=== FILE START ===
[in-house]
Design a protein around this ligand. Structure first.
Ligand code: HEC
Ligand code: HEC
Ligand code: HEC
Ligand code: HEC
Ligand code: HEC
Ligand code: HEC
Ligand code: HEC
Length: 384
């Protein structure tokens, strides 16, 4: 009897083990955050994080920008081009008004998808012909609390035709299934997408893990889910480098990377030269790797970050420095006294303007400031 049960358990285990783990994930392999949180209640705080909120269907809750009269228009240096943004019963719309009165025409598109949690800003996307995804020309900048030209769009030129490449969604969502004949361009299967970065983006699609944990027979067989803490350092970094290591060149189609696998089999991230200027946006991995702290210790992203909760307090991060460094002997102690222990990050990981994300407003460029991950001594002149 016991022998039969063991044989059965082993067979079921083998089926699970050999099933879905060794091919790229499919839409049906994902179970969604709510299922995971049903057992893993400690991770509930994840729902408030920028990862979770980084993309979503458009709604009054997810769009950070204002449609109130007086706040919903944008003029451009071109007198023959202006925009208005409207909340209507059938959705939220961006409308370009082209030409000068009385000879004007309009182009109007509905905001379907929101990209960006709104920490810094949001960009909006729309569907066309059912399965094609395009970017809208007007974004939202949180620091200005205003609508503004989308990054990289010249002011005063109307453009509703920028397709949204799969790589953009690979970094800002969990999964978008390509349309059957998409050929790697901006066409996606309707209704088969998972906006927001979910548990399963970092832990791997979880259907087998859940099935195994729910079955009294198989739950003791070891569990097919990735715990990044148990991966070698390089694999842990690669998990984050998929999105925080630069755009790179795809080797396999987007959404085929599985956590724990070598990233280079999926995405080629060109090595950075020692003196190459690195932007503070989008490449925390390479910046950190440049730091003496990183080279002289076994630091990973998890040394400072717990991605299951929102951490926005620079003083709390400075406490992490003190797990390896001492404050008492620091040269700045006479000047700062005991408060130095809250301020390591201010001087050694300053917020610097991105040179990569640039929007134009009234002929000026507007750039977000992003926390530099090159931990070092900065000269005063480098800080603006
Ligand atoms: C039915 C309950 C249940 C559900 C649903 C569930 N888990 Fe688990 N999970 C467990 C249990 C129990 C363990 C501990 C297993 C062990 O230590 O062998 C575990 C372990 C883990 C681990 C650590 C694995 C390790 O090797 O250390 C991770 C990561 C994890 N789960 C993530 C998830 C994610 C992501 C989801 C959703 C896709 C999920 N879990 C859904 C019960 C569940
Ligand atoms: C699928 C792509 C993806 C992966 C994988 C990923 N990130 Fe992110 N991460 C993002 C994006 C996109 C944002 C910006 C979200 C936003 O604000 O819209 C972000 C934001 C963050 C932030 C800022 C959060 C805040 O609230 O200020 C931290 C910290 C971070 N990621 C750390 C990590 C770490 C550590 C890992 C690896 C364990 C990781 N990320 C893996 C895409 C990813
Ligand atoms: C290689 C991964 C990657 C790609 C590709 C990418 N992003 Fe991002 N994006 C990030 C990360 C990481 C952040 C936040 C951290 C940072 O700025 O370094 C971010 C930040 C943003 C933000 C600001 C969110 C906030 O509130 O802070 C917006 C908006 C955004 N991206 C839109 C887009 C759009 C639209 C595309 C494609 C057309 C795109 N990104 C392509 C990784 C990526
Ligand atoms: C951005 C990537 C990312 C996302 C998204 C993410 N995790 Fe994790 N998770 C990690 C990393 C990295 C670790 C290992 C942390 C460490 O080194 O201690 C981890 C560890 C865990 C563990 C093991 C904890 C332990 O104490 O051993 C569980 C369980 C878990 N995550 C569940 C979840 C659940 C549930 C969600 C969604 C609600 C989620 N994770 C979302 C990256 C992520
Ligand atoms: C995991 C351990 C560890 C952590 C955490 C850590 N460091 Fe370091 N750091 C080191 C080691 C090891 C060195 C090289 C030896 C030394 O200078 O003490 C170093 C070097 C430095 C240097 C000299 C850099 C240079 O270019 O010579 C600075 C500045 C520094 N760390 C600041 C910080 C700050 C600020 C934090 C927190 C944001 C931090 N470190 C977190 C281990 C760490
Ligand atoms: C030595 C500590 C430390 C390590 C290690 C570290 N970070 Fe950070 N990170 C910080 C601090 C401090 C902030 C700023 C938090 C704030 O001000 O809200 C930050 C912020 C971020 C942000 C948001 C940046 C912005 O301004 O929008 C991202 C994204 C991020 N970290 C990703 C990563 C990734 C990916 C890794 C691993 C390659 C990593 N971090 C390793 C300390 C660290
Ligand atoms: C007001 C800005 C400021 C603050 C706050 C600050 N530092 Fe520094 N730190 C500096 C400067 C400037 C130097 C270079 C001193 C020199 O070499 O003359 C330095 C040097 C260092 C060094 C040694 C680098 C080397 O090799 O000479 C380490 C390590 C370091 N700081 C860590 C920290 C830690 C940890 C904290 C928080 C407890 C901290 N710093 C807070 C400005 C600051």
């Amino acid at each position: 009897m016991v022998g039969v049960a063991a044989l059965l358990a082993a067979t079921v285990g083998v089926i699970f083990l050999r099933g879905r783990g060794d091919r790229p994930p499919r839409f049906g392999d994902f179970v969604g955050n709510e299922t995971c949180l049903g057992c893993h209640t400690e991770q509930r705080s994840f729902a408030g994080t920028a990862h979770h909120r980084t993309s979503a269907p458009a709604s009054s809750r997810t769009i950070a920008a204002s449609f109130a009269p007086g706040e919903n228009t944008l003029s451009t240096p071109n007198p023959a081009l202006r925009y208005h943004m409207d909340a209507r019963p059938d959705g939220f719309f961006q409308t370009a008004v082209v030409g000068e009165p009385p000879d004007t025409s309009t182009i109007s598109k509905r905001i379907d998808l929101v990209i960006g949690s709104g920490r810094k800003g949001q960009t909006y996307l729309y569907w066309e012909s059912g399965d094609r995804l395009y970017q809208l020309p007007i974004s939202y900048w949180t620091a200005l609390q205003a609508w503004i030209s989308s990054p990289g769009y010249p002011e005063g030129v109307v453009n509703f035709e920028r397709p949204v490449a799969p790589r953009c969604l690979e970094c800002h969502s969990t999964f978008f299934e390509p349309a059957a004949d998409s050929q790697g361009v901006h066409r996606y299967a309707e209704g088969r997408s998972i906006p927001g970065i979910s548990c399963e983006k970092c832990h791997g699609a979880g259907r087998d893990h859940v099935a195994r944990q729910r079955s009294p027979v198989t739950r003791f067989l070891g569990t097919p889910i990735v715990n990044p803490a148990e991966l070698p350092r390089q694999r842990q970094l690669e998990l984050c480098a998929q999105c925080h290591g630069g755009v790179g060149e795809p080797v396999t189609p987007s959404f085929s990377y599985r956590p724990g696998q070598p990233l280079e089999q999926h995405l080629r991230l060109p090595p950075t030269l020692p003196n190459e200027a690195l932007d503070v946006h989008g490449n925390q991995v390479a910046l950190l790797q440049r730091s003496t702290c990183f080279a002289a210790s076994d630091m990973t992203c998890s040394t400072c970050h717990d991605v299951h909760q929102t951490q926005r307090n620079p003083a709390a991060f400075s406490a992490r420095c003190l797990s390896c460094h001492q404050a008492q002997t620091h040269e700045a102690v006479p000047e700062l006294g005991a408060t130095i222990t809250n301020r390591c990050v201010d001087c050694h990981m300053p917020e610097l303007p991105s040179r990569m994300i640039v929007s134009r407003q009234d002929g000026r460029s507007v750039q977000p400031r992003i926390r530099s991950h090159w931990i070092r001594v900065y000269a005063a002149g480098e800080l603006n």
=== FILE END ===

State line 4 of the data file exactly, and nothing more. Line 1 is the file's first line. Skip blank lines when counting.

Ligand code: HEC